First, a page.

- 2 juniper berries
- 4 tbsp gin, warmed
Gin has enjoyed a huge revival recently. It's usually served alongside tonic water (a…
- 1 garlic clove, finely chopped
- 1 sprig rosemary, finely chopped
Rosemary's intense, fragrant aroma has traditionally been paired with lamb, chicken and game…
- 1 tsp coriander seeds
- 3 tbsp olive oil
Probably the most widely-used oil in cooking, olive oil is pressed from fresh olives. It's…
- 2 x 175g/6oz thick, boneless pork steaks
- 150ml ¼ pint English apple juice, the cloudy varieties have more flavour
- 4 tbsp crème fraîche
- mashed potato and buttered savoy cabbage, to serve
The world's favourite root vegetable, the potato comes in innumerable varieties. A member of…
Crush the juniper berries coarsely using a pestle and mortar or rolling pin.Warm the gin in a small pan then pour over the juniper berries and leave to soak for 20 minutes. Trim the pork – leave on a little fat for flavour and to keep it moist. Drain the juniper berries, reserving the gin.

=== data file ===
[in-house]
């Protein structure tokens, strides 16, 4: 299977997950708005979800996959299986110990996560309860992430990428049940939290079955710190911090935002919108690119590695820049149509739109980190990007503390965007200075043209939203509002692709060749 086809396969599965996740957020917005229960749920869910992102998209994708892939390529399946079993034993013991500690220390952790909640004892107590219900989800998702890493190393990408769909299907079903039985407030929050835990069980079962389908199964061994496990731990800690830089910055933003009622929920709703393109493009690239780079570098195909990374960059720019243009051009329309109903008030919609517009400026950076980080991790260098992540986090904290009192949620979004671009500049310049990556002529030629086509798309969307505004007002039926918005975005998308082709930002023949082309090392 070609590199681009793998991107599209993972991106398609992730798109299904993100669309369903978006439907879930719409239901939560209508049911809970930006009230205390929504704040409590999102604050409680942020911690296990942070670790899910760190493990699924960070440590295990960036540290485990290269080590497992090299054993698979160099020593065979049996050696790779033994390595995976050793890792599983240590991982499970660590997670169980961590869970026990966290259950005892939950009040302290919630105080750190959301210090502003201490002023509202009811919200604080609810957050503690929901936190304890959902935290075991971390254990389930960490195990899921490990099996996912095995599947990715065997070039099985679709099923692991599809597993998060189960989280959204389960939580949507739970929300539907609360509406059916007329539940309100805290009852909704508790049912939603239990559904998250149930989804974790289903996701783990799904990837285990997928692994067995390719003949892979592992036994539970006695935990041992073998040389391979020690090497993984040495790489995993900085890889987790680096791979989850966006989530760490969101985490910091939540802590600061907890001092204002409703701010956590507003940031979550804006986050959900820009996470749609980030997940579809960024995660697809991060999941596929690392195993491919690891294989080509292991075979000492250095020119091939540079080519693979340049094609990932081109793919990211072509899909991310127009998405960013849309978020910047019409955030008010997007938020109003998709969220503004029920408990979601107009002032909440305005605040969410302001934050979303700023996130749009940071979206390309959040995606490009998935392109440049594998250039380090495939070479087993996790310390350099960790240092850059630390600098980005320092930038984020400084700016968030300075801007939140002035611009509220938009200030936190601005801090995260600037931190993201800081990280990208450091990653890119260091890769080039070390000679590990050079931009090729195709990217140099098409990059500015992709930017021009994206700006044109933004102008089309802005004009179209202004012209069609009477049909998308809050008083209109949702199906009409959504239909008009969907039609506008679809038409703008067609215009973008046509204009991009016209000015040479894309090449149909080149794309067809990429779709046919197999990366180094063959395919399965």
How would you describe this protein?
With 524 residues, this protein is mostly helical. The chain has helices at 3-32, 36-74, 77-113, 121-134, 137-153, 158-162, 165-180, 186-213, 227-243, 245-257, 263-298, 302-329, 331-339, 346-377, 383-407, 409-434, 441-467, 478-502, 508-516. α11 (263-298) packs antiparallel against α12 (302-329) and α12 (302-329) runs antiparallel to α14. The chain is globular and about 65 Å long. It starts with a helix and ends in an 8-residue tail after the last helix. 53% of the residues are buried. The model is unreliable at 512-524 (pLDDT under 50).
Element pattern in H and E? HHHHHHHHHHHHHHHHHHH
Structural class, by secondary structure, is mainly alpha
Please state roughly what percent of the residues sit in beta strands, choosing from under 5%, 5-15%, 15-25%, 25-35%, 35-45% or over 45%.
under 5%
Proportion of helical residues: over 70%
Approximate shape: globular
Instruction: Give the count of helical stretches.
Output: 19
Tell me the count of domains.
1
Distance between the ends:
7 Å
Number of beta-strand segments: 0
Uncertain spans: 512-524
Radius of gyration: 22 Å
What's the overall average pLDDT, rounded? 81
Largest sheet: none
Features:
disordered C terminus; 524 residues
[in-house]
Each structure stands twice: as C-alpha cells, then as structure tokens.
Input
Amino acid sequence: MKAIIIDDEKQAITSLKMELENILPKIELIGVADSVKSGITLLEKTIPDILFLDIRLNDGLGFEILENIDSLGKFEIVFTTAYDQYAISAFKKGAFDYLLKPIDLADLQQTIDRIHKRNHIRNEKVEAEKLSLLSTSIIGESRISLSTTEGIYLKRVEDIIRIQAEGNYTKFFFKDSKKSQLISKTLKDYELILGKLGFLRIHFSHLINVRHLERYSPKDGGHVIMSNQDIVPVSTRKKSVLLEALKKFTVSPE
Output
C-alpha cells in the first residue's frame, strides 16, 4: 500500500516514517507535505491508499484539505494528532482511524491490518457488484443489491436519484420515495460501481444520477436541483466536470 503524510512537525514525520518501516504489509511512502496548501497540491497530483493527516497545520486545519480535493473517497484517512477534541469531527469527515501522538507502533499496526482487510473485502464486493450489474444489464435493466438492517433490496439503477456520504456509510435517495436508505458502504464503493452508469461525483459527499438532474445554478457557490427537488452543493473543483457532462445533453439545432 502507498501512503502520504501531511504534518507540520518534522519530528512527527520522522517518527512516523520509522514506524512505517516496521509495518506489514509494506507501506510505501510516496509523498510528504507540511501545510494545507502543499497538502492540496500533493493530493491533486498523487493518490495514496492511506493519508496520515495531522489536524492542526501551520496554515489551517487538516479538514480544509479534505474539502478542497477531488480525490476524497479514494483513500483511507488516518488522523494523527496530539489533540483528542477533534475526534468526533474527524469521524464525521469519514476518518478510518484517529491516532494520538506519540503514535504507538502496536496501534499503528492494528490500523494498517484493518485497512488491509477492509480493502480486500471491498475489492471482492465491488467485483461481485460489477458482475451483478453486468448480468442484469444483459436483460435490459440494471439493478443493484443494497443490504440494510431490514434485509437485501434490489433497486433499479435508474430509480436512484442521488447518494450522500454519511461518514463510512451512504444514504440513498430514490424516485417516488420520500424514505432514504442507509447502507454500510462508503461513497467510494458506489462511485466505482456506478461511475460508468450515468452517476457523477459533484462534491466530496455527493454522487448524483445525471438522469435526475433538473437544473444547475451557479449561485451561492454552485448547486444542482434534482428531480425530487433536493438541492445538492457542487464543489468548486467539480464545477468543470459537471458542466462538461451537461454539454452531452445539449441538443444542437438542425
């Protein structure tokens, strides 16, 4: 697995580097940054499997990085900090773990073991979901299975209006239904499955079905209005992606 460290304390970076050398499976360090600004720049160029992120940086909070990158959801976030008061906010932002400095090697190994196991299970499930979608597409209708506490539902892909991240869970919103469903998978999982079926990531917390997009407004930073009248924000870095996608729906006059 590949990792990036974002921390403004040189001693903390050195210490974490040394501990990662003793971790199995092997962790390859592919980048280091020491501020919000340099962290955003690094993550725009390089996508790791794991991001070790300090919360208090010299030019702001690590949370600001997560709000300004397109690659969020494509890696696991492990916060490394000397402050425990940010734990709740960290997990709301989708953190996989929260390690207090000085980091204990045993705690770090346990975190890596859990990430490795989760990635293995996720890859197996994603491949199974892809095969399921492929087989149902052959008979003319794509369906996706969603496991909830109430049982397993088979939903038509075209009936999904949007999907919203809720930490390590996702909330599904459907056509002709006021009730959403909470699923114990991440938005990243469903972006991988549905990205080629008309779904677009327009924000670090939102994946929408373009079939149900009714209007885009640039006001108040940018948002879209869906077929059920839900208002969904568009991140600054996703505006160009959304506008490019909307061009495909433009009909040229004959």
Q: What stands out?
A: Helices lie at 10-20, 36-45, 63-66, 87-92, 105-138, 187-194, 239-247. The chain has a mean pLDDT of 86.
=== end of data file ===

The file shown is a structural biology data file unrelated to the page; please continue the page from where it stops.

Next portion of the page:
In a mini blender, or using a pestle and mortar, pound the garlic, rosemary and coriander seeds with the juniper berries and 2 tbsp olive oil. Spread the mixture over the pork. Cover and marinate for as long as possible (preferably overnight if you have the time).
Heat the remaining oil in a small non-stick frying pan until very hot. Add the pork and cook quickly on both sides until golden. Pour in the gin – boil fast until it disappears or set light to it and let the flames burn down – this removes the raw alcohol taste. Pour in the apple juice. Scrape the pan to loosen any sticky bits. Bring to the boil.
Half cover with a lid and simmer for 10 minutes until the pork is cooked and the sauce reduced but not too thick. Remove the pork to a warm plate. Swirl the crème fraîche into the sauce. Bring back to boil and boil rapidly for 1-2 minutes until it’s syrupy, then season to taste. Serve the pork and sauce with mashed potatoes and savoy cabbage, tossed with butter and finely sliced garlic.